Cristobal Thompson
Executive Director
View from the Top

Collaborate to Innovate

Wed, 09/06/2017 - 17:09

Q: Research, development and innovation are AMIIF’s top three core values. Which is the most important for 2017?
A: Innovation is always at the top of the agenda. It is the reason why we exist and we have been working on this. The goal of AMIIF’s 2024 vision, its midterm plan for innovation, is to contribute to improving Mexico’s productivity and competitiveness through pharmaceutical innovation. That is our key goal. As President Peña Nieto has said, we are experiencing a renaissance for innovation. For example, hepatitis C products, which have a 95 percent rate of cure, have just been approved for inclusion in the public health system, which is an incredible breakthrough. There are new treatments in HIV and patients are living almost as long as nonpatients and with minimum side-effects. There are also new innovations in cancer treatments.

One issue for pharmaceutical innovation is how to finance it. We sat down with IMSS and now we have three teams working with the institution to establish innovative access models based on patient health outcomes. The project began between February and March 2017. Our first group is working on the analysis of the cost to the system and the epidemiological impact of the main therapeutic areas to be prioritized in this project (potentially: diabetes, cancer and cardio-vascular diseases). The objective of the second group is to analyze new performance indicators and criteria to align patients and institutional needs in said therapeutic areas. The third group is a legal team discussing how and when the government could be able to implement innovative access models, aligned with the proper legal framework. Financial and legal experts and doctors also attend these meetings.

We are also looking at how we can bring in more resources via clinical research. In January 2017, there was an agreement made between all parties with President Peña Nieto present. Its objective is to increase investment in the sector from around US$250 million to above US$600 million. A meeting in early May 2017 brought together COFEPRIS, IMSS, ISSSTE, the decentralized institutions, ProMéxico, the Ministry of Economy, SAT, Customs and the industry. We will have monthly meetings to provide updates on each area, understanding that by the end of 2017 we should have a better process for getting protocols approved to bolster the amount of funds coming into Mexico.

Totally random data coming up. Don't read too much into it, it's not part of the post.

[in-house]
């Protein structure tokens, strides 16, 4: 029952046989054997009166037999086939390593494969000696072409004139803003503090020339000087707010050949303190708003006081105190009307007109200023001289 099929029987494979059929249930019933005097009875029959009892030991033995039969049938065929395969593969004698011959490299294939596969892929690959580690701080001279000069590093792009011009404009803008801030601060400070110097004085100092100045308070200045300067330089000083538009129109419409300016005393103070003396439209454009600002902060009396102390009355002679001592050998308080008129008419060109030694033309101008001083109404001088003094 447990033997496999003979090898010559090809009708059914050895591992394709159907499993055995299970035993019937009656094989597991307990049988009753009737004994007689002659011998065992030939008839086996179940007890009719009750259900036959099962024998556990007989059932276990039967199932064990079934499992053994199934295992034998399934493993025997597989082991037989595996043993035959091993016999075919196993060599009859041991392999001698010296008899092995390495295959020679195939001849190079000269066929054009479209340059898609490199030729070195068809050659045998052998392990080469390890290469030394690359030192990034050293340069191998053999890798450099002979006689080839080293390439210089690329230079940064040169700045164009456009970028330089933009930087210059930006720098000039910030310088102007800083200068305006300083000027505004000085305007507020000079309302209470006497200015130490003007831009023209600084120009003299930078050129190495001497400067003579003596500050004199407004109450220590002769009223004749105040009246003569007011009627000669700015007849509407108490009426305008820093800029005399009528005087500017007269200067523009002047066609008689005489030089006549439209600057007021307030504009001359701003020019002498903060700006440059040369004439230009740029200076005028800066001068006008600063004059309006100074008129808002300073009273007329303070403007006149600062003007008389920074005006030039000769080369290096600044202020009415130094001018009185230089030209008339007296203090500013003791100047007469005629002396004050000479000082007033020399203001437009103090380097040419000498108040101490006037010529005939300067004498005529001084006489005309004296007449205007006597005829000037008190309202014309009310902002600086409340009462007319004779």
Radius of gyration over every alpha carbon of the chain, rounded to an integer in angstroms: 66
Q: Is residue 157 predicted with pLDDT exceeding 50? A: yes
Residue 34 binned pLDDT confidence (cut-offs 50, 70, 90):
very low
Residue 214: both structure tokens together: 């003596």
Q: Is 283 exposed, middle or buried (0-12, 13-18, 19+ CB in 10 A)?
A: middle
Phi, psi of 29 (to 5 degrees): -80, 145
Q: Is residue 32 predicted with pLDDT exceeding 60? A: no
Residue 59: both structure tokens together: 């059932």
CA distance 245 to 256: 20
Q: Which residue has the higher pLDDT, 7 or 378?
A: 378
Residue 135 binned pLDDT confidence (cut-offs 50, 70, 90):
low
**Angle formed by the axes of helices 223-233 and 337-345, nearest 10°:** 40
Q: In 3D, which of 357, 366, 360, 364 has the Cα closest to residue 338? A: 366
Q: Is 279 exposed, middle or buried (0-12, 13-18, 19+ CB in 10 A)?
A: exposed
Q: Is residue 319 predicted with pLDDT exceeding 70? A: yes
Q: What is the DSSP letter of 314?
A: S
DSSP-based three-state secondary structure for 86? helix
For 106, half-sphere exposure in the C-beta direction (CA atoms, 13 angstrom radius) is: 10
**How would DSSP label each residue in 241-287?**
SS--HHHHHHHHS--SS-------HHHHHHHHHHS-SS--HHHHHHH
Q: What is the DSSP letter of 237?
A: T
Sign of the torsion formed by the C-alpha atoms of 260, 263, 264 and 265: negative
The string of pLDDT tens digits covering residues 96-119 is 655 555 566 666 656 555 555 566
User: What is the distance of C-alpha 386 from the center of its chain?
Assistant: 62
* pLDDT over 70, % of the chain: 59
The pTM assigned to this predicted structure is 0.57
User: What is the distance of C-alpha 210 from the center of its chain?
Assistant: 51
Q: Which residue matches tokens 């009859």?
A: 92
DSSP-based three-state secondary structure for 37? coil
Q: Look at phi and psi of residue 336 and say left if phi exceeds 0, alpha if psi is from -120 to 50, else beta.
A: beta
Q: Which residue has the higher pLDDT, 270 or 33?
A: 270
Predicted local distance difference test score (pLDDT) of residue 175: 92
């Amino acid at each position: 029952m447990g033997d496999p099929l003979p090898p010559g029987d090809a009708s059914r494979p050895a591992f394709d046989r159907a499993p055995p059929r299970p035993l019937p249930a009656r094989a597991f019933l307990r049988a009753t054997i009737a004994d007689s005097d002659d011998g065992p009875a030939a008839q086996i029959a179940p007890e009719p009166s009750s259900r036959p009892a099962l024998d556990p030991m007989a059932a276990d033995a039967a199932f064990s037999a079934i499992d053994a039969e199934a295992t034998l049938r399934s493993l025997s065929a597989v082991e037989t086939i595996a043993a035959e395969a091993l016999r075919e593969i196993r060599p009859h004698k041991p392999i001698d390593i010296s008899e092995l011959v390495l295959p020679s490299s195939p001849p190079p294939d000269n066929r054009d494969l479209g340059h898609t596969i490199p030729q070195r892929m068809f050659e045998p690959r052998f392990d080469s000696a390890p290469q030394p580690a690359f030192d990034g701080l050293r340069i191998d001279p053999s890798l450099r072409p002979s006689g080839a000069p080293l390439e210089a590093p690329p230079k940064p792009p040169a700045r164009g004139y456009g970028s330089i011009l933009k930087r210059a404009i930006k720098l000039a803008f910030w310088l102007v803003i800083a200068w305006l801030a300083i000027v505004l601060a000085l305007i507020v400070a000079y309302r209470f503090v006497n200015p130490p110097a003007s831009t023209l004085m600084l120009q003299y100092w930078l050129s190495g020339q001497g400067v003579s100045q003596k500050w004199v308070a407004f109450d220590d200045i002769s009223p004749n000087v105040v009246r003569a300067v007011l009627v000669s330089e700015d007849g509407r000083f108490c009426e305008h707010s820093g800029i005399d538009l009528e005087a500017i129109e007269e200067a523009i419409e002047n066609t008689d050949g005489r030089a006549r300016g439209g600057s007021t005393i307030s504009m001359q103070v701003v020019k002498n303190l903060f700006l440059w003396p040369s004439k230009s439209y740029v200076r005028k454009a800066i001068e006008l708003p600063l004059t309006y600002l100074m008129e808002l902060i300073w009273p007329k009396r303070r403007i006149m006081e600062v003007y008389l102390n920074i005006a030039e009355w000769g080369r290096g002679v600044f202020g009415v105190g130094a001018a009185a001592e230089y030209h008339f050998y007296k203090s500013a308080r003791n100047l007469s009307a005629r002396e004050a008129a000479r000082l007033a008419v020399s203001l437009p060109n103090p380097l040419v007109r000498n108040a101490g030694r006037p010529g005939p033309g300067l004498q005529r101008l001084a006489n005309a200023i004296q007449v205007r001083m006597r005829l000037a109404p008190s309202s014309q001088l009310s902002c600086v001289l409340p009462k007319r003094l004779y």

A pillar of increasing access to innovation is to make understood its potential impact on productivity and competitiveness. Last year, we presented a study with the automotive industry in Guanajuato, which tried to show the impact of lost productivity on a sector. In the case of the auto industry, the impact of lost value was around 7.3 percent of the industry’s value, of which 1.3 percent was absenteeism and 6 percent was due to presenteeism. We are close to the big employers such as the Business Coordinating Council (CCE), COPARMEX and CONCAMIN to make sure that everyone has a voice in making sure our health system, social security and Seguro Popular deliver a better job.

Q: How much awareness remains to be raised among governors?
A: At the beginning of May 2017, Dr. Narro, Minister of Health, attended our board meeting for the first time. He said that health and education are the two highest social equalizers. At the federal level, we have done a great job and awareness is higher than it was three years ago. Having said this, budgets were cut last year, showing that although there is awareness, this does not correspond to action yet.